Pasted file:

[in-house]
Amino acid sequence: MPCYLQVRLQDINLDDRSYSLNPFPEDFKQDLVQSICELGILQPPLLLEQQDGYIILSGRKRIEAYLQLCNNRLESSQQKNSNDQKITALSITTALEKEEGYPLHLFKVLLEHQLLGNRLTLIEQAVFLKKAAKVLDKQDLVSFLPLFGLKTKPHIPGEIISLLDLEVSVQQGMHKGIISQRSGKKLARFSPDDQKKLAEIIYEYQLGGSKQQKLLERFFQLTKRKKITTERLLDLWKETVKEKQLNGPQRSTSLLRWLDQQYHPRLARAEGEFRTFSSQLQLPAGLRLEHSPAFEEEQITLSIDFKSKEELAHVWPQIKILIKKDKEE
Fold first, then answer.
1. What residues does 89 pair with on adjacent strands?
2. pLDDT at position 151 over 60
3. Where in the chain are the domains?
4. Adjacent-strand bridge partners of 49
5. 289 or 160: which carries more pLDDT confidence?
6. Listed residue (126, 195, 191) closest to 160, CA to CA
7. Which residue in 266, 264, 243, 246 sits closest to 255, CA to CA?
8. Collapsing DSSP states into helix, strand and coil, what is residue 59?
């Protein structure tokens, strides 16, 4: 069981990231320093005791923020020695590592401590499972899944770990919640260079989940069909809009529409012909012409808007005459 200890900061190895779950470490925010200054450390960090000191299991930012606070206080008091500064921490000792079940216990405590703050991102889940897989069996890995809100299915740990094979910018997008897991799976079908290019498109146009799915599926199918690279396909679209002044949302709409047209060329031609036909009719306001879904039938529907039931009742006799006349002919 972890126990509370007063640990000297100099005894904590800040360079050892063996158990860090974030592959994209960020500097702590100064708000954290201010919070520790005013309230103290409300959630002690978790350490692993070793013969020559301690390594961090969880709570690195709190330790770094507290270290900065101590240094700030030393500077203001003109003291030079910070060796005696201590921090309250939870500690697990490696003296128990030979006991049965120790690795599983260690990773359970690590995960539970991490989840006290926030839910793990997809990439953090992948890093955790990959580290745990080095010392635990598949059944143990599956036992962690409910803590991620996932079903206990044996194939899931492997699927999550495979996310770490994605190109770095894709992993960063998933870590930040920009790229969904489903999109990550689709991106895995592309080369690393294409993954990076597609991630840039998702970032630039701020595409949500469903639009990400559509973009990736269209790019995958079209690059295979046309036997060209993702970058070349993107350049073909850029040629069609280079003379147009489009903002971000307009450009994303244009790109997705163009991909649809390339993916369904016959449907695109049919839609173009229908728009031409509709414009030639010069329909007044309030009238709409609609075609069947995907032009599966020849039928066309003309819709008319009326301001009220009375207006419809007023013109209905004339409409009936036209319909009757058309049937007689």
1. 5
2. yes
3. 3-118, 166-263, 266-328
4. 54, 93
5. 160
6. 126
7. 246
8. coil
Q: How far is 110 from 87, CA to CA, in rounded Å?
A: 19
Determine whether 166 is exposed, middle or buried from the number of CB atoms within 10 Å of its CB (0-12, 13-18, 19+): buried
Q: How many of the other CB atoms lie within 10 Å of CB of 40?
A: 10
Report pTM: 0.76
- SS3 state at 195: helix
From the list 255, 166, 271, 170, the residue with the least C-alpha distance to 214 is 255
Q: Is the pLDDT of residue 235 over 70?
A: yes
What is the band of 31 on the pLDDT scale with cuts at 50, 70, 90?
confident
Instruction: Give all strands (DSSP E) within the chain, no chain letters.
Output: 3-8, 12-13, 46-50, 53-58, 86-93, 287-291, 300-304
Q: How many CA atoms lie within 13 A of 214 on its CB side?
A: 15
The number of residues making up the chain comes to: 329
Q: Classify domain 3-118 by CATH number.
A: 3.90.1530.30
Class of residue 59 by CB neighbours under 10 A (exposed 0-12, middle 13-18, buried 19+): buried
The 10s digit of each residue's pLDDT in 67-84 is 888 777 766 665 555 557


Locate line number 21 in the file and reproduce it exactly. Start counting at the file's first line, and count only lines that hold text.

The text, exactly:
Q: How far is 110 from 87, CA to CA, in rounded Å?